At least two proxy advisory firms find the share sale by the largest investors in three of the four companies odd.

“Is it odd? Sure. But let's understand it better. All communication RBI has with these companies is confidential. It's only when RBI discloses the regulatory action it has taken that the investors get to know. That leads to volatility and there is a sharp drop in share price. This entire thing can be avoided if there is a communication or disclosure made the first time a regulator starts communicating with a company," said Amit Tandon, founder and managing director at proxy advisory firm Institutional Investor Advisory Services India Ltd (IiAS).

Also read: SoftBank’s $118 Billion Arm Problem

“A parallel is what happens between the pharma companies and the US Food and Drug Administration (FDA). That allows shareholders to factor in all the risks," said Tandon.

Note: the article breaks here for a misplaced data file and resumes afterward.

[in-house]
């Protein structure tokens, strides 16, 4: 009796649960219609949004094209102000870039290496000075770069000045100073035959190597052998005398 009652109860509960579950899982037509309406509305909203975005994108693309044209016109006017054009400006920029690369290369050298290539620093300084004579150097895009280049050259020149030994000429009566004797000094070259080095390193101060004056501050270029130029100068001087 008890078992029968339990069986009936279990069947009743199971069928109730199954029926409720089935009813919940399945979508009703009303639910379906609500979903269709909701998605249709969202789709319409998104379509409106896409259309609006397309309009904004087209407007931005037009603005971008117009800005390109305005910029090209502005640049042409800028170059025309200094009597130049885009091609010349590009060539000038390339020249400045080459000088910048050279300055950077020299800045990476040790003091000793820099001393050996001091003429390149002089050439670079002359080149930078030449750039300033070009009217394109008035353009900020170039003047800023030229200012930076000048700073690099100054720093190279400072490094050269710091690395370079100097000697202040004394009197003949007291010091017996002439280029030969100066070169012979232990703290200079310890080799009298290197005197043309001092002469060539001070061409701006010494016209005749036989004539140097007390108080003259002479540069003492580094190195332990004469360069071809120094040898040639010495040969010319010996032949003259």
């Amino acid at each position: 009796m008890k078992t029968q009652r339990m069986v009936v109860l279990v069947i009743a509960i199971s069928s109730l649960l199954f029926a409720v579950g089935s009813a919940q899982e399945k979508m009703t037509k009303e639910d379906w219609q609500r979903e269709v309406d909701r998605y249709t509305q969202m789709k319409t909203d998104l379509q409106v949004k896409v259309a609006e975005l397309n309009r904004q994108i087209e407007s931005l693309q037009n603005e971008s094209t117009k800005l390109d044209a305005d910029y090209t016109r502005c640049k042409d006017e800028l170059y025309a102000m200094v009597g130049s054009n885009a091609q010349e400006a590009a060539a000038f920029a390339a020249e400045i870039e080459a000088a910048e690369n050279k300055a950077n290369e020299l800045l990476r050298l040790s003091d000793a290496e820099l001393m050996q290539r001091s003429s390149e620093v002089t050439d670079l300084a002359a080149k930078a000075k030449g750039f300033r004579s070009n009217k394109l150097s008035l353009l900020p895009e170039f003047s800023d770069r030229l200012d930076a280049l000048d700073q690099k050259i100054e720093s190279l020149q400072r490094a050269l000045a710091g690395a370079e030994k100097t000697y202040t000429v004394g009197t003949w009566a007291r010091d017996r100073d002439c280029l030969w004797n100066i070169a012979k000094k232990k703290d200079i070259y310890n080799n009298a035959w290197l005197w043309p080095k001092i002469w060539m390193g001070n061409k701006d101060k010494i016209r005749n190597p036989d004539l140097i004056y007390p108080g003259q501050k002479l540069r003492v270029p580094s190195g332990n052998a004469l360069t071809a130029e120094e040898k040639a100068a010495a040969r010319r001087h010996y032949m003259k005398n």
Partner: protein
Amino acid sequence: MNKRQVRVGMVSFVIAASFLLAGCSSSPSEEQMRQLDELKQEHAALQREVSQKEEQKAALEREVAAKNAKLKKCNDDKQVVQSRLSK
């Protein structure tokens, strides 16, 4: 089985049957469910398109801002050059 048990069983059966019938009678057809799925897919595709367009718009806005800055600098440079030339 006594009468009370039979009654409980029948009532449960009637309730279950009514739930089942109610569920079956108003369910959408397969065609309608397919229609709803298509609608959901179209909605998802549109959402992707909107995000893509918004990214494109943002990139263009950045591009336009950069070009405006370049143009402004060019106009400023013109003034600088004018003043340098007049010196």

"RBI was in discussions with all the companies for many months before the disclosures were finally made. For now, it is difficult to say that any of these investors had any insider information that made them cut their holdings," said Shriram Subramanian, founder and managing director of proxy advisory firm InGovern Research. "Nonetheless, the market regulator Sebi should engage with these investors and ask what triggered these investors to sell their stake."